During the foreclosure process can the Redemption Period last more than 90 days after a Notice of Default is filed?

Asked by Linda, Mariposa, CA Mon Nov 22, 2010

We carry the note on the above mentioned property and did not publish the sale because the debtor paid a small part of back payments due and started making regular payments after that. She is still behind in her taxes so we decided to go ahead and foreclose. Do we need to file a new Notice of Default and start the process over again?

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Centermac Re…, Agent, Fremont, CA
Tue Nov 23, 2010
BEST ANSWER
Once the notice of default is recorded, she had 90 days to reinstate the loan which means she has to bring her loan current within the 90-day period. Partial payments don't satisfy the statute's requirements under CC 2924 et seq.

No, there's no need to re-record a new notice of default. If reinstatement is not done within the 90-day period, you can still go ahead with the publication and service of the Notice of trustee's sale and later have the property sold at an auction.
0 votes
Terri Vellios, Agent, Campbell, CA
Tue Nov 23, 2010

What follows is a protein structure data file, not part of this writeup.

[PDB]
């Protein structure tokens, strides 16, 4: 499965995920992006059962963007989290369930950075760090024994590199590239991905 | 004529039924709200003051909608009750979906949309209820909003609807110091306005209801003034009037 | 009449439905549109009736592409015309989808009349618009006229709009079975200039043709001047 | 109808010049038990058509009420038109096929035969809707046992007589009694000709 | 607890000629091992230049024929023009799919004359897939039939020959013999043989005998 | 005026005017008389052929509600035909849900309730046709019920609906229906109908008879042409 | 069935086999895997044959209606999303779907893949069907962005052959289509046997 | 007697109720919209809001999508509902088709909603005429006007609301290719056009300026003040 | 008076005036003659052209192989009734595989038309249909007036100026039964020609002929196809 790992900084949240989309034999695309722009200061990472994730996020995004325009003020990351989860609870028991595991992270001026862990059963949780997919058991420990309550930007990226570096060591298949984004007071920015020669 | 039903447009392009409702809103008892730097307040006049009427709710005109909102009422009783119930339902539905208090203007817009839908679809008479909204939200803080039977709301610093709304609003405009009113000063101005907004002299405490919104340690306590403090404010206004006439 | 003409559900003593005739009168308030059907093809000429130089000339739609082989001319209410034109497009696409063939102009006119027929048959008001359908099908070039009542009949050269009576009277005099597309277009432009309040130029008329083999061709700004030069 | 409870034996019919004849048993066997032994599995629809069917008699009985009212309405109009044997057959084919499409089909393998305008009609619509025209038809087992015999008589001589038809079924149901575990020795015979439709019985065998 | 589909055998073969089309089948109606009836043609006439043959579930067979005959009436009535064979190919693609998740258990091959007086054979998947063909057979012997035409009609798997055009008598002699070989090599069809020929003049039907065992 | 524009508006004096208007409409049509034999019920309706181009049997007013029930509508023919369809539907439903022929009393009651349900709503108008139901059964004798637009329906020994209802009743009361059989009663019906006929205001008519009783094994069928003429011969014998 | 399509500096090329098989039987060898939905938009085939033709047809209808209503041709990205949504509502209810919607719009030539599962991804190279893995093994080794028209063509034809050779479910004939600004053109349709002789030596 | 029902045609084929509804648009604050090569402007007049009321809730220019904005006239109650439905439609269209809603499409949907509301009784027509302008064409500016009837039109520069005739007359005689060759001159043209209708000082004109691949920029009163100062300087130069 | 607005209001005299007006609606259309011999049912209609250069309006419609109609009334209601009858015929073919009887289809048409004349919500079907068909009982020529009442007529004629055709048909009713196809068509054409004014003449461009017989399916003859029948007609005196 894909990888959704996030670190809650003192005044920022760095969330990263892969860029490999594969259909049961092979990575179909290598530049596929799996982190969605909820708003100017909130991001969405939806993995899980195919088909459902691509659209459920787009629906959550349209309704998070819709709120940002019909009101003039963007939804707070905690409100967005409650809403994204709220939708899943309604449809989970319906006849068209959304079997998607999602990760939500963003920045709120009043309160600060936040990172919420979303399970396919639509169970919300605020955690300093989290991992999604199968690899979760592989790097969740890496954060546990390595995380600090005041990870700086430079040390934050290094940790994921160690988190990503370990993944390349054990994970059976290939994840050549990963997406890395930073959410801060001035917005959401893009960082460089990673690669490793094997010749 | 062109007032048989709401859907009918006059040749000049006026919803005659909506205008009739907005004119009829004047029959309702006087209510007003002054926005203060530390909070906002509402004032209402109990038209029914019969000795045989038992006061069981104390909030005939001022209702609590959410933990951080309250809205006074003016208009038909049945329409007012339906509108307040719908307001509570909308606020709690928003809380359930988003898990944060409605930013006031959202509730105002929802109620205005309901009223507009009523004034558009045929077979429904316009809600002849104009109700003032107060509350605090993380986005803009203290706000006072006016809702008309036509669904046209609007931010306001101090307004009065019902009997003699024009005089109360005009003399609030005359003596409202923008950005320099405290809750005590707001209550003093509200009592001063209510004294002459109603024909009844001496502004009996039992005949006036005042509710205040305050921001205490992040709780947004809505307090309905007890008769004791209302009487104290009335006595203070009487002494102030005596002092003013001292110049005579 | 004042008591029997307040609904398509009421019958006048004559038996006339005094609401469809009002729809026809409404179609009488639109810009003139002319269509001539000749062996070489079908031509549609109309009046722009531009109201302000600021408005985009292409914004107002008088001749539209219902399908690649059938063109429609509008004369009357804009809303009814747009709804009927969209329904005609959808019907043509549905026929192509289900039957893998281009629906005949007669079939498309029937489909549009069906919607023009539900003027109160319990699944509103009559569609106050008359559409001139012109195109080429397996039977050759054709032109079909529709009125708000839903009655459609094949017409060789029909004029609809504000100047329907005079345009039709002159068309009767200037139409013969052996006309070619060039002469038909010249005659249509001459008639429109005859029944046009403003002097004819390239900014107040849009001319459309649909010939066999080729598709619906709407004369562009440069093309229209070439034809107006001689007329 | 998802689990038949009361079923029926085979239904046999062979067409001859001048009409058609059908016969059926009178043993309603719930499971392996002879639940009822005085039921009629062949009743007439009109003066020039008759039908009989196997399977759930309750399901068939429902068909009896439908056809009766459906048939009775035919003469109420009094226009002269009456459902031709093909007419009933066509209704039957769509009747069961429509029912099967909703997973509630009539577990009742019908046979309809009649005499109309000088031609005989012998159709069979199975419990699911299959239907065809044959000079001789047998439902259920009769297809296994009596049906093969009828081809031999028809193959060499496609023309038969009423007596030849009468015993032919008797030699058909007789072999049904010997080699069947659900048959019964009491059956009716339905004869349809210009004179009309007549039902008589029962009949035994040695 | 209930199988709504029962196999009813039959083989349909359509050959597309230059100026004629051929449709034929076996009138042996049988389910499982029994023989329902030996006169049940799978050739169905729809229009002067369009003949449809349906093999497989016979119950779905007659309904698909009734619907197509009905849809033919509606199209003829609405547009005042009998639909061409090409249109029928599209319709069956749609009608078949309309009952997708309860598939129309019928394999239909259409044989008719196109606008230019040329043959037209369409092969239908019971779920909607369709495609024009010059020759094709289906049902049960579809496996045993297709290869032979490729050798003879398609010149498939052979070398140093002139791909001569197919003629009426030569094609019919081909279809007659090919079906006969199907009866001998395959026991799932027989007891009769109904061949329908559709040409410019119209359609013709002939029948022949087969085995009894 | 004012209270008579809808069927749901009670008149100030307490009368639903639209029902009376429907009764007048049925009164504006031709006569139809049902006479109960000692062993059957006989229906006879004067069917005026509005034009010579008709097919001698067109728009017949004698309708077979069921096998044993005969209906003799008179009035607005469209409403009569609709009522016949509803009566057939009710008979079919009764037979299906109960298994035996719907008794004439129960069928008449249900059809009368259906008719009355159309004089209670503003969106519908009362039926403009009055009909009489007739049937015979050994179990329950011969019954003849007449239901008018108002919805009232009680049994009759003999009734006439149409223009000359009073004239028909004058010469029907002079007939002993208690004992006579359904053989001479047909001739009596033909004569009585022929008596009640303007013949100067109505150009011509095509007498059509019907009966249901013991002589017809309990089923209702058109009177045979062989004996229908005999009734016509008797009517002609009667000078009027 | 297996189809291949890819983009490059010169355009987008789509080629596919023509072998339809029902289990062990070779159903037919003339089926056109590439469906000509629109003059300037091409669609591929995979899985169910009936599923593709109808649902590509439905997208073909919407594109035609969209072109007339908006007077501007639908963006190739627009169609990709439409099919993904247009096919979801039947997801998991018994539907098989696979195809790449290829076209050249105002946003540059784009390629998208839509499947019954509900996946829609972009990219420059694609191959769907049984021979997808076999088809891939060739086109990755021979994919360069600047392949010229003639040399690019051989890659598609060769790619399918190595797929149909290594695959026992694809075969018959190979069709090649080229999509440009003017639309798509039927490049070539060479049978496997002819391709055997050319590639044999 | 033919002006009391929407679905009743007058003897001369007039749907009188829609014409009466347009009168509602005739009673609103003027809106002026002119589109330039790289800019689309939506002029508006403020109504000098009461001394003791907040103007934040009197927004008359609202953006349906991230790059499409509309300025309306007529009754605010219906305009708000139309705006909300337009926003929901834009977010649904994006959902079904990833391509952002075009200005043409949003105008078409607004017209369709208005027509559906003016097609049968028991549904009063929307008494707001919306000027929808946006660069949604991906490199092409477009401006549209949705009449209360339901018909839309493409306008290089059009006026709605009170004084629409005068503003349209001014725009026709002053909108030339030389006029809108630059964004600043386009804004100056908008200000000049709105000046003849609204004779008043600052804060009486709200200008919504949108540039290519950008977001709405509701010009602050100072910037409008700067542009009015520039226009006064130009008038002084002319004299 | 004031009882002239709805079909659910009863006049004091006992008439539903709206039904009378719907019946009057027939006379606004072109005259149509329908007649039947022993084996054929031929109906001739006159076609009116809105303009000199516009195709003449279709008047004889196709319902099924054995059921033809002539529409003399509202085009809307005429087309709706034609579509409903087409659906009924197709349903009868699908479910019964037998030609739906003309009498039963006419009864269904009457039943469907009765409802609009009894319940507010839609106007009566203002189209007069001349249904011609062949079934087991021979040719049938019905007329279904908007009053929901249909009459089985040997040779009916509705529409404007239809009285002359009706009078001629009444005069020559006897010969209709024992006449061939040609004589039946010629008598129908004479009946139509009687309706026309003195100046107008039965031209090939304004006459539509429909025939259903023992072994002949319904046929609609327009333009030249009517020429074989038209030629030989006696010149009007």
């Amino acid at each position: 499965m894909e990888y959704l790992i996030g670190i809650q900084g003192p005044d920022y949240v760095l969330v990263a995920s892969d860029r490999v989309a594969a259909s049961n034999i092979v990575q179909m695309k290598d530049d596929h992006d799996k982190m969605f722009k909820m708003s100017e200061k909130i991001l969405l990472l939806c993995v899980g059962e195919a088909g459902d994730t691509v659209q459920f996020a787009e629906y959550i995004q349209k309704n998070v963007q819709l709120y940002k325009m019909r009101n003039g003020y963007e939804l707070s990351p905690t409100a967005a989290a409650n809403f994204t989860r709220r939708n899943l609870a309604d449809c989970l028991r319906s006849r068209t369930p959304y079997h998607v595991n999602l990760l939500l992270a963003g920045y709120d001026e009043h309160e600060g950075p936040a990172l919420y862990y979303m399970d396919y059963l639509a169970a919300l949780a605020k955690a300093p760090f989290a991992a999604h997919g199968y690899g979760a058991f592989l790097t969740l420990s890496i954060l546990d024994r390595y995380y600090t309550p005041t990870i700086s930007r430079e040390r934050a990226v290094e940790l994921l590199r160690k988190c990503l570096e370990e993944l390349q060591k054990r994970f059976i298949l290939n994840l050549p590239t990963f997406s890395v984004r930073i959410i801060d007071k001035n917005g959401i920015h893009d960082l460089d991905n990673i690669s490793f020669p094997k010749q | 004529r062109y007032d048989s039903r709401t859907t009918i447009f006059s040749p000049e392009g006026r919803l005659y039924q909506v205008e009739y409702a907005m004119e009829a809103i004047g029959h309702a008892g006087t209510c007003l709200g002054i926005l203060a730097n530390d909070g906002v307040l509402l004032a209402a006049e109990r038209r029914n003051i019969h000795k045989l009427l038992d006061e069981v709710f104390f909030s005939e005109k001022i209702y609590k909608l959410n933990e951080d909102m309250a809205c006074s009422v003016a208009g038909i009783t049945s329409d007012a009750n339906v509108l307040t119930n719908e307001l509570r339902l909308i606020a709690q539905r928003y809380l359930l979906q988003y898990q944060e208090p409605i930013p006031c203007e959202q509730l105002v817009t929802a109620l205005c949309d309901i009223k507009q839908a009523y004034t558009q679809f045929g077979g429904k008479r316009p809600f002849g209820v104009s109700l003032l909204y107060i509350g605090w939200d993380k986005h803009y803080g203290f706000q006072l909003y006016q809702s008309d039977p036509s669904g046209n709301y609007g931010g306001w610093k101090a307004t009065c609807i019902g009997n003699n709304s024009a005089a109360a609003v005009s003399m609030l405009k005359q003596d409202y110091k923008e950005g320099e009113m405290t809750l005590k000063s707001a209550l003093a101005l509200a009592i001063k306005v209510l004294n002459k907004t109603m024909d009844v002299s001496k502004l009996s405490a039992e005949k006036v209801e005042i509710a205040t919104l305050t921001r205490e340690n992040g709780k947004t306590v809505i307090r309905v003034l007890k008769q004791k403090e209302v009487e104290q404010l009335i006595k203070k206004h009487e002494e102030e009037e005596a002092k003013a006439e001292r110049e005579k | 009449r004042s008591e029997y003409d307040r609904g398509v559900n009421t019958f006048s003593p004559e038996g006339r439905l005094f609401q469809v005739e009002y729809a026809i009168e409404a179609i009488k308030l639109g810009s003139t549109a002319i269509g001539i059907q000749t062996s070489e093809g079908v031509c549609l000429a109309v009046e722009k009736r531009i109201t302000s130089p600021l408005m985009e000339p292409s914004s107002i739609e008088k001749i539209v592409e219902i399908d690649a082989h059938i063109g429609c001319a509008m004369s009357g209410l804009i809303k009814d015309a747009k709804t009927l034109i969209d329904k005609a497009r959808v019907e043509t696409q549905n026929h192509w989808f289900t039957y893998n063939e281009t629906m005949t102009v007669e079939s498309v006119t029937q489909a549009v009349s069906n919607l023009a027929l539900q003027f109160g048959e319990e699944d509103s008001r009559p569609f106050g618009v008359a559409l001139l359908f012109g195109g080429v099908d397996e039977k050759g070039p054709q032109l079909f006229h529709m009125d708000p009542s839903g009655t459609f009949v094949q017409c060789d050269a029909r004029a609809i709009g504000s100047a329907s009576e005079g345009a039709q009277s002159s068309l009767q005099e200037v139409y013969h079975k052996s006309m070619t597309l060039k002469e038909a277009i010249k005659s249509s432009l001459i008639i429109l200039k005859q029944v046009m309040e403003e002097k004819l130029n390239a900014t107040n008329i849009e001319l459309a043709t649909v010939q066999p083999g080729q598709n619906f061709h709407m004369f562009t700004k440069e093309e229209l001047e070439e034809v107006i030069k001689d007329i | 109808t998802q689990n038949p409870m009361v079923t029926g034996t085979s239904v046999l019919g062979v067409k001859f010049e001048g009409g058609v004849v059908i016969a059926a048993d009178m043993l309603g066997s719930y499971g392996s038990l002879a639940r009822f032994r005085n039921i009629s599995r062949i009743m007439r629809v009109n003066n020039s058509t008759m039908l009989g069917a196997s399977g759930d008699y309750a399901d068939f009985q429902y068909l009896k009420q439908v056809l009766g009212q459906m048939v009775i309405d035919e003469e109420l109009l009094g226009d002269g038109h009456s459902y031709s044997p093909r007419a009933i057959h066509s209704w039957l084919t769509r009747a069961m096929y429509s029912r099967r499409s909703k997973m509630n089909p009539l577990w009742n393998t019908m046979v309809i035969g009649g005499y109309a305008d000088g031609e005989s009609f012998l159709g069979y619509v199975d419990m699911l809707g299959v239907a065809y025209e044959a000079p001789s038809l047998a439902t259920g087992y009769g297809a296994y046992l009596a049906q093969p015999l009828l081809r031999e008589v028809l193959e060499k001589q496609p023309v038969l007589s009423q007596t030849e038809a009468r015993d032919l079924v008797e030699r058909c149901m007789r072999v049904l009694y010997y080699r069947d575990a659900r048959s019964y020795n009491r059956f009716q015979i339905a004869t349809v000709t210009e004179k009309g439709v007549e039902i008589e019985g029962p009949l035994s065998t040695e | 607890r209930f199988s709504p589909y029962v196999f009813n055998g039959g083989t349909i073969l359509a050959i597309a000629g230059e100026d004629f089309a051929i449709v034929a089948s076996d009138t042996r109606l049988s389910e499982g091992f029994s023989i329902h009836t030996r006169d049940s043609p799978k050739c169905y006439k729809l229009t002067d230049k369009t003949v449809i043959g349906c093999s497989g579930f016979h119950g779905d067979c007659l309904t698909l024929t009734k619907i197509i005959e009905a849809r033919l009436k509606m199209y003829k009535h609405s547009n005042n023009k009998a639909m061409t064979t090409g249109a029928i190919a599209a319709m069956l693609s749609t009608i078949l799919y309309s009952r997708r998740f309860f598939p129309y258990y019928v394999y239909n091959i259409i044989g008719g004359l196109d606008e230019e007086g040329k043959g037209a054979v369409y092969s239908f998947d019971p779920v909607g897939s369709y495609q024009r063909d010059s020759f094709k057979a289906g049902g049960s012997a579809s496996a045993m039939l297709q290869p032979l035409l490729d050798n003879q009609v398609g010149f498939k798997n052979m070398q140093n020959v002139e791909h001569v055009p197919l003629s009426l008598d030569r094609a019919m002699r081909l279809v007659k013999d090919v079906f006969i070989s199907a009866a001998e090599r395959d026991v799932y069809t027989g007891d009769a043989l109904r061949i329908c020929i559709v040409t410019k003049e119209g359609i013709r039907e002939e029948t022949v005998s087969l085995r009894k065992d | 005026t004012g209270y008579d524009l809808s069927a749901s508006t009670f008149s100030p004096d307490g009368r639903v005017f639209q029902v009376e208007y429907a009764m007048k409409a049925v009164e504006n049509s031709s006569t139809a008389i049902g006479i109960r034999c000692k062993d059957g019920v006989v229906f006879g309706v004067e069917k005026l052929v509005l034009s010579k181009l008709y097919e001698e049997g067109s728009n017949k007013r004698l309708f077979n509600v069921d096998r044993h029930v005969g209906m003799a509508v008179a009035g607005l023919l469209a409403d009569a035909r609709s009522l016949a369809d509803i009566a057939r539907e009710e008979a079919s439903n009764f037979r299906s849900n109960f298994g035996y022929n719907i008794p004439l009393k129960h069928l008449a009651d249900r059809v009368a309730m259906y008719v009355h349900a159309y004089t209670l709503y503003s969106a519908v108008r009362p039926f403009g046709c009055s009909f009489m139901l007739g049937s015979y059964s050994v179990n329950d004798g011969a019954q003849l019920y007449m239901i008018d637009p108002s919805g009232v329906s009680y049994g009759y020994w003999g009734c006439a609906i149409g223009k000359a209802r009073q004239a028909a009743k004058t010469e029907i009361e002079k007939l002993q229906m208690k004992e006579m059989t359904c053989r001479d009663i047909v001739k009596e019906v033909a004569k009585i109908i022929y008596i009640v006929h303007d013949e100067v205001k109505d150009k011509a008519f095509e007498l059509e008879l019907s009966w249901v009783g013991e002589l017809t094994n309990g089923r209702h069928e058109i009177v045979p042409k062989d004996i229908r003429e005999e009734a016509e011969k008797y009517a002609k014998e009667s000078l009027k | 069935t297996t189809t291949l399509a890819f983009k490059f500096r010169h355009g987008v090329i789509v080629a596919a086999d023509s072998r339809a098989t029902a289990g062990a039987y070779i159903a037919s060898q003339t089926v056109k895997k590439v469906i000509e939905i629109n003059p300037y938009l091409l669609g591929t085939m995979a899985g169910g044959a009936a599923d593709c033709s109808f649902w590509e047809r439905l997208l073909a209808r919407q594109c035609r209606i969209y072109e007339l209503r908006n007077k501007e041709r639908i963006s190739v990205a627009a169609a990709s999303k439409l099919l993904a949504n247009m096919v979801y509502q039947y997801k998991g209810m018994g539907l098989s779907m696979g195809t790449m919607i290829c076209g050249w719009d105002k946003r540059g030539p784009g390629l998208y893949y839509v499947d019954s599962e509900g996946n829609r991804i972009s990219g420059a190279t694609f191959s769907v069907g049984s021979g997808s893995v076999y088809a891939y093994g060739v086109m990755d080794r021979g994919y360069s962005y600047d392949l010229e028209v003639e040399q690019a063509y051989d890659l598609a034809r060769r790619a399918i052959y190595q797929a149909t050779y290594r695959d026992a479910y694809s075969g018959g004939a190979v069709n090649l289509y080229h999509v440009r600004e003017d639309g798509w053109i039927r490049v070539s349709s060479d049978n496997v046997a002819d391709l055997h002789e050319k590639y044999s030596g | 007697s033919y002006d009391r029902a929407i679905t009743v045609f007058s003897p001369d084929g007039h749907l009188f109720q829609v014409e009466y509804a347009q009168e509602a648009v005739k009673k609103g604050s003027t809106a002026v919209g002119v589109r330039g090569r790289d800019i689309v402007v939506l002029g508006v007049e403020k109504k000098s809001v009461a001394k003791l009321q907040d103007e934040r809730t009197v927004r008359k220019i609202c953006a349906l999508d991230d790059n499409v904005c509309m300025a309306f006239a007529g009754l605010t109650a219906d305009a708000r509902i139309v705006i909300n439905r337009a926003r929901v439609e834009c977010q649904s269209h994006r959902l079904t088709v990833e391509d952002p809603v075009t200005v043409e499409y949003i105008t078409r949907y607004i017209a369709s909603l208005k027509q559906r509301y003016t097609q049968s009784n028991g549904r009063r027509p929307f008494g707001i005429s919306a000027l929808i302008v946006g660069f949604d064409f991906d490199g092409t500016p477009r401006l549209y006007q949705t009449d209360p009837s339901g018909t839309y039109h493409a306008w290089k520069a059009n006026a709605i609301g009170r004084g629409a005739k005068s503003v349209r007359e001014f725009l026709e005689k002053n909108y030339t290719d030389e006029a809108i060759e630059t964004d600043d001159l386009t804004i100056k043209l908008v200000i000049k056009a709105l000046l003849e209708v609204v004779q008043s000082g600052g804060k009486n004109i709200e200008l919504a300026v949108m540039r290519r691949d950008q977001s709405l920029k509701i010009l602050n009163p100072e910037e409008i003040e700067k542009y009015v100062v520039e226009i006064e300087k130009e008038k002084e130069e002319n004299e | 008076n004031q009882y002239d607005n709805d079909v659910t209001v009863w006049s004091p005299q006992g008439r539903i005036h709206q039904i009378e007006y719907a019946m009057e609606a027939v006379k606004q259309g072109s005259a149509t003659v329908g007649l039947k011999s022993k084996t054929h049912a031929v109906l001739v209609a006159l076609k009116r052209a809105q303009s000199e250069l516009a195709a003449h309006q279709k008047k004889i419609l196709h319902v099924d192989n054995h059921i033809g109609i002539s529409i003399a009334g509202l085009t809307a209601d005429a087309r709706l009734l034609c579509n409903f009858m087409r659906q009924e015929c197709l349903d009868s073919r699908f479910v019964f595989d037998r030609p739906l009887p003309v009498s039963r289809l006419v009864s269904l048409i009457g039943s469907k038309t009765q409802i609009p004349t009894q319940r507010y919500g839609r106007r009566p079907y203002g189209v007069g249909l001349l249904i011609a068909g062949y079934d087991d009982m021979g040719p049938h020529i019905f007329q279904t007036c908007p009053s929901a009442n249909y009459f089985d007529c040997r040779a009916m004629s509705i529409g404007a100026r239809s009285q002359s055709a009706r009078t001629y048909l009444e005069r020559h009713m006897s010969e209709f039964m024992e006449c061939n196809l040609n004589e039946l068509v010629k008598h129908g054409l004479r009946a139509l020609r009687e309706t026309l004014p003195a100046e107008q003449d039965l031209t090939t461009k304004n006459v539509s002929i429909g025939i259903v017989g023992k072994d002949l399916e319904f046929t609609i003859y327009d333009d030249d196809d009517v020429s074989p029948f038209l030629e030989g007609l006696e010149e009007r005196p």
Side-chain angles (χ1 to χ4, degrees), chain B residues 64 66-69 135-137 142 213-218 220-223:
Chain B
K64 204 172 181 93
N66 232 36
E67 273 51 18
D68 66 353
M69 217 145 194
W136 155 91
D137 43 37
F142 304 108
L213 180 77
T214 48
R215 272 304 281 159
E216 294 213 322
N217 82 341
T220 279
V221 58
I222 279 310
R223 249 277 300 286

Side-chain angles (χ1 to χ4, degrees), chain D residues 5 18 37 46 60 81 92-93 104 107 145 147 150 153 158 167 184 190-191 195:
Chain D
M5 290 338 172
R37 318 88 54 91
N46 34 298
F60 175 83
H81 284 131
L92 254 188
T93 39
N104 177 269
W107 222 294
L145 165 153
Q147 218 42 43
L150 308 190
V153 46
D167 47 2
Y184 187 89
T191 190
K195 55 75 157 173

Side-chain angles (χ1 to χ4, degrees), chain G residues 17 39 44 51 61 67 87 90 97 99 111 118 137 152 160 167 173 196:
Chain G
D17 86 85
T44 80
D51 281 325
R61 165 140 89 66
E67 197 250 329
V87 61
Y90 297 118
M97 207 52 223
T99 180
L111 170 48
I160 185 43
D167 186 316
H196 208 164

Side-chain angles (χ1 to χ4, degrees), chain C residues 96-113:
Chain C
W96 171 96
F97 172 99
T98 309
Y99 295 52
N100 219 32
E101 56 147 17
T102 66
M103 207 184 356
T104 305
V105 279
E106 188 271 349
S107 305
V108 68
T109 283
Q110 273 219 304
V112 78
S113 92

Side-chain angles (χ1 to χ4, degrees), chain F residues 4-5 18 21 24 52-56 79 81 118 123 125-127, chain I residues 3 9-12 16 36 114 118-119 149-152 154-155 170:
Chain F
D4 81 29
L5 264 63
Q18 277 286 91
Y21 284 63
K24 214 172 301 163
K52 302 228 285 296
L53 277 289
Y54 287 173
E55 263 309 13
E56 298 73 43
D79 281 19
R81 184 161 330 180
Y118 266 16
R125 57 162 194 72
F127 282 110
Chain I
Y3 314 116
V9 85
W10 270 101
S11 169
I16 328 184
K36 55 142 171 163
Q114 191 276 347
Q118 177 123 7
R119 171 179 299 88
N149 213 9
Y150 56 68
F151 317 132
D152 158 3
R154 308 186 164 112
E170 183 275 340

http://www.foreclosurelaw.org/California_Foreclosure_Law.htm

This link may answer your question. Foreclosure law and right of redemption in California is different than other states. So I caution you to read up on California Law instead of relying on out of state responders if they are not familiar with our laws here in California.

The law here is very specific. A Notice of Default is recorded, It must be Posted and notice given in the paper. Your have time lines to follow.

You may want to try to work something out with the owner, perhaps pay the taxes and add it to the loan and work out a re-payment schedule. Check that they have maintained home owners insurance as well naming you as additionally insured.

Good luck.
Web Reference:  http://terrivellios.com
0 votes
Keith Manson-…, , Milwaukee, WI
Mon Nov 22, 2010
If you took money you jepordized the foreclosure! Back in my foreclosure days there was a document an attorney would write, which was callled a stipulation agreement, which allowed the mortgagee to foreclosue if the borrower missed a payment. But this is really a area you need an expert to assist you to make sure it is done correctly. Talk to a good foreclosure attorney in california!

Keith Manson
First Weber Group
Certified Distressed Property Expert
Metro Milwaukee

http://www.milwaukeebailout.com
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